The emerging fleet of electric vehicles (EV) provoked fascination at the Detroit Auto Show, but many consumers were not yet ready to take the plunge to own one themselves.
Some, like Justin Tata, wanted a first-hand look at new EV offerings, saying “it’s embracing the change that’s coming because I think the internal combustion engine (ICE) is on the way out.”
But Tata, who works in the packaging industry, still has questions about EV battery disposal. He came to the Detroit show, which concludes Sunday, to survey the state of play, but doesn’t foresee buying an EV for another five to 10 years.
Among other attendees, the less-EV enthused included Tim Stokes.
“I think eventually that’s going to be the only option,” said Stokes as he admired a new gasoline-powered Ford Mustang, adding that he wants to “prolong (driving ICE vehicles) as long as possible.”
Friends in the auto industry have advised waiting three or four years for the industry to “work out the kinks” with EVs, said Stokes, who works in telecommunications.
– Mainstream options –
Long considered a niche sideshow in the auto world, the prominence of EVs at this year’s Detroit gathering underscored their new mainstream status as big automakers respond to rising concerns about climate change and government policies promoting EVs.
Chevrolet’s showcase highlighted EV versions of three of the GM brand’s top-selling products: the Silverado pickup, and the Blazer and Equinox, both SUVs. Chevy expects to begin deliveries on the vehicles in 2023.
Ford too has targeted its EV campaign towards its most popular vehicles, unveiling a battery-powered version of its best-selling F-150 pickup truck and launching the Mustang Mach-E, a new SUV that has also attracted strong interest from consumers.
A 2022 Consumer Reports survey showed 14 percent of Americans saying they would “definitely” buy or lease an EV if they were searching for a vehicle, up from four percent in 2020.
While the vehicle launches have brought unprecedented attention to EVs, auto experts say that a meaningful transformation of the ICE-dominated US fleet is still years away.
Price remains a big problem, with the average price of an EV nearly $67,000, according to Cox Automotive.
Experts also cite the lack of EV charging stations as a concern. President Biden signed into law a bill to provide $7.5 billion to build more stations, as his administration announced the first tranche of funding in parallel with a presidential address at the Detroit show.
– Can the industry deliver? –
Auto insiders also point to doubts about the availability of critical materials such as lithium and cobalt needed for batteries.
These issues have come to the fore during the Covid-19 pandemic, when shortages of semiconductors and other supply chain woes forced automakers to restrict vehicle production and store tens of thousands of partially-built autos.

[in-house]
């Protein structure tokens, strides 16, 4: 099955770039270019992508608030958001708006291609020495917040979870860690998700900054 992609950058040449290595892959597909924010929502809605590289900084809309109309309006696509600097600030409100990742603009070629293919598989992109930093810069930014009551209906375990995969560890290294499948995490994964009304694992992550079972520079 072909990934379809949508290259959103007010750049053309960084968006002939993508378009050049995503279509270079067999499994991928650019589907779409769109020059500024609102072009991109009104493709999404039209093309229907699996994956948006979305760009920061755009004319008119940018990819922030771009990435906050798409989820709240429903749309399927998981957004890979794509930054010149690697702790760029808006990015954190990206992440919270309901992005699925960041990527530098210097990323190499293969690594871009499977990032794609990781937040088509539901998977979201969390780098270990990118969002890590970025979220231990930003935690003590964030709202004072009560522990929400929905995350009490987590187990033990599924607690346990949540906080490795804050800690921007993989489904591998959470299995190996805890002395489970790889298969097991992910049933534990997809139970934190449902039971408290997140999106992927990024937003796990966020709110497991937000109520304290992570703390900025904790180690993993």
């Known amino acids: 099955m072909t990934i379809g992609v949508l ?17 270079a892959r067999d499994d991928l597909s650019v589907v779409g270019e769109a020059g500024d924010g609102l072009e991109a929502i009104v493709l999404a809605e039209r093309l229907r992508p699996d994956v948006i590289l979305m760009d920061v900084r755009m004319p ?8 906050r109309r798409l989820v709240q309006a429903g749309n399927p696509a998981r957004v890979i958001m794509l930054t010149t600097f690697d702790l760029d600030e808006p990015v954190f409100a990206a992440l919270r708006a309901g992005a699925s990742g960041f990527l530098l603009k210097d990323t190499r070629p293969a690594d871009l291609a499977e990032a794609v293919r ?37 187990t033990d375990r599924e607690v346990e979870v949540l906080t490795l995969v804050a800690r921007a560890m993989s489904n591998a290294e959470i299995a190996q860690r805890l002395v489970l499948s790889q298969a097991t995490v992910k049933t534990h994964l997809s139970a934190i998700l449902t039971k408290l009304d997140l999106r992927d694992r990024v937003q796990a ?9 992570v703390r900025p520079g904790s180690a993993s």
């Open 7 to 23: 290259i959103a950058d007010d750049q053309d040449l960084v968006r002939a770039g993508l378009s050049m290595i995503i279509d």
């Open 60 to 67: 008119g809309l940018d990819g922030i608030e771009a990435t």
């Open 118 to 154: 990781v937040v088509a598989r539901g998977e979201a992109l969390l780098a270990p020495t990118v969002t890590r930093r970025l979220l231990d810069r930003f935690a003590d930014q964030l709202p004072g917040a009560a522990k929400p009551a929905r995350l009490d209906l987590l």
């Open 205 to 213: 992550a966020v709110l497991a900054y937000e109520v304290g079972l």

Ford said on Monday that it expects to have some 40,000-45,000 mostly built vehicles in inventory at the end of the third quarter due to needed parts. On Friday, the Wall Street Journal reported that the company had delayed some vehicle deliveries due to a shortage of badges with the company’s blue oval logo.
Don Lamos, who works for auto supplier, had placed an order on a Ford Lightning, but is backing off after Ford raised the price on that version to above the $80,000 cap that would allow car buyers to qualify for a $7,500 tax credit under new US legislation.
Lamos and his wife, Janice, were drawn to the Chevy offerings, including the Equinox, which starts at $30,000.
“If they can hold that at $30,000, then awesome,” he said. “I don’t know if they’ll really be able to meet production next year, so we’ll see.”
Don Lamos cited cost savings as the main impetus, while Janice Lamos described climate change as a priority. The couple are sold on EVs, but pondering how much to spend now when battery technologies will likely improve in the future.
Many of the vehicles being released are touted for being able to travel 300 miles without being recharged, but the capacity is much lower if the vehicle is towing cargo.
“You know when you need gas you can go to the corner and there’s a station. I don’t think there’s enough (charging) stations for one of these,” Carlos Rubante said when asked about the Lightning.
Consumers at the show described climate change as a worry, but were not necessarily convinced that EVs were the solution.
Besides battery disposal, another concern is the unwanted consequences of the mining boom in critical materials, such as the use of child labor in the Democratic Republic of Congo to produce cobalt, said Cristian Damboiu, who works for an auto supplier.
“When you’re considering all these things, maybe they aren’t as clean as they seem,” said Damboiu.
“I understand (EVs) have some advantages, so we’ll see how it plays out.”
Using innovation and technology for climate change-related challenges￼
How will tech consumers respond to challenges created by climate change? Ericsson’s report reveals ten trends that show increased reliance on digital innovation.
Responding to the challenges caused by changes to our climate, people are increasingly turning to technology and innovation for solutions.